I do not know these filmmakers well enough to write much more than this but below are some valuable links for those who want to read more. I will end with a quote from Bazin: "Grémillon's art is worthy of long commentaries. /.../ He expresses himself in a visual prose of an honesty and transparency so perfect that we cease to be aware of technique. At this degree of skill, art completely disappears into its subject; we are no longer at the cinema but in life itself." (The quote, from 1944, can be found in the collection of early writings by Bazin called "French Cinema of the Occupation and Resistance".)

Grémillon links:
Farran Smith Nehme at Mubi.
Dave Kehr in New York Times.
An introduction from the Film Museum in Vienna.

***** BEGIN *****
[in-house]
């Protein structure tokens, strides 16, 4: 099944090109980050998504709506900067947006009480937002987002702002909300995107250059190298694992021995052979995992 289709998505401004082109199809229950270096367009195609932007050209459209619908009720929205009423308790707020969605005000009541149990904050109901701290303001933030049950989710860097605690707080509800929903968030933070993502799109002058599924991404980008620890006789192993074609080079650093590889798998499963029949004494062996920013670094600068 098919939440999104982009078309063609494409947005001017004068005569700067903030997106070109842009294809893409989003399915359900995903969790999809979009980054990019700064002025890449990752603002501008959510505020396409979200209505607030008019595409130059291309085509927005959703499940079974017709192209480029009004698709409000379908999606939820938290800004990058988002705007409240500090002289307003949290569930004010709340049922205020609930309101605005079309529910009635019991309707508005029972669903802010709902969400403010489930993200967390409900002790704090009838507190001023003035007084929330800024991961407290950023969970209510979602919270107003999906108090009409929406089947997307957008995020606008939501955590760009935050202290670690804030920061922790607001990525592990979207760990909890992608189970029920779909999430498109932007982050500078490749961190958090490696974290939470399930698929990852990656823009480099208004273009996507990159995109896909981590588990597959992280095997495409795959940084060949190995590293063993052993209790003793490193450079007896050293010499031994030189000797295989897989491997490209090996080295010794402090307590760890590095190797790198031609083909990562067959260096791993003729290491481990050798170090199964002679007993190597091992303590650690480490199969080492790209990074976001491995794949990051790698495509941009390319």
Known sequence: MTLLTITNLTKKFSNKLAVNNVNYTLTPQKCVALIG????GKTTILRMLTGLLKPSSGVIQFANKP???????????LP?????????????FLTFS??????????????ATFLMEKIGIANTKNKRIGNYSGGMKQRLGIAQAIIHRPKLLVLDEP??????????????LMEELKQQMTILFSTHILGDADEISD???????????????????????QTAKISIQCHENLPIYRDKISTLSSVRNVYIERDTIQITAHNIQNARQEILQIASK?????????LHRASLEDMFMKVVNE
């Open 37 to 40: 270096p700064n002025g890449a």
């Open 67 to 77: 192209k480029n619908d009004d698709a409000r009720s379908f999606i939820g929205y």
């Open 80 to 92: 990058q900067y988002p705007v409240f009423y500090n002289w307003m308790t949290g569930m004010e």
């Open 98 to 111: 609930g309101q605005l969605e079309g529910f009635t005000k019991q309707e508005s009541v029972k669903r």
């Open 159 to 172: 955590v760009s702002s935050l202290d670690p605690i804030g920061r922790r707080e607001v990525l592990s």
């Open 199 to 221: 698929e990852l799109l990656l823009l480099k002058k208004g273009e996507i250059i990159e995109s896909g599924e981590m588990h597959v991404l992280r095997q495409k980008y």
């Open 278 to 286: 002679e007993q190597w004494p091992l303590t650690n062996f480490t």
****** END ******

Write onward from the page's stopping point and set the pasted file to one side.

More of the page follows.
Michael Koresky writing for Criterion.

Dwan links:
Richard Brody at the New Yorker.
The Allan Dwan Dossier.
R. Emmet Sweeney on Dwan, part 1.
R. Emmet Sweeney on Dwan, part 2.

Kevin Brownlow lecturing on Allan Dwan:
Lezione di Cinema - Alla Ricerca di Allan Dwan / Searching for Allan Dwan from Cineteca di Bologna on Vimeo.

Tuesday, 6 August 2013

The film as a thing in itself

I am frequently asked "What kinds of films do you like?" and my response is always the same. All kinds, as long as they are good. This often leads to protests from those who ask this question and an effort to disprove me, by way of mentioning different kinds of films that they think I could not possibly like. (Some have suggested spaghetti westerns, others Bollywood musicals, others action blockbusters.) But that is a game they cannot win because what I say is not just a line, it happens to be true. It also means something more important, and that is that I see every film as a unique entity or, as Kant might have said, a thing in itself. It appears that this is surprisingly rare.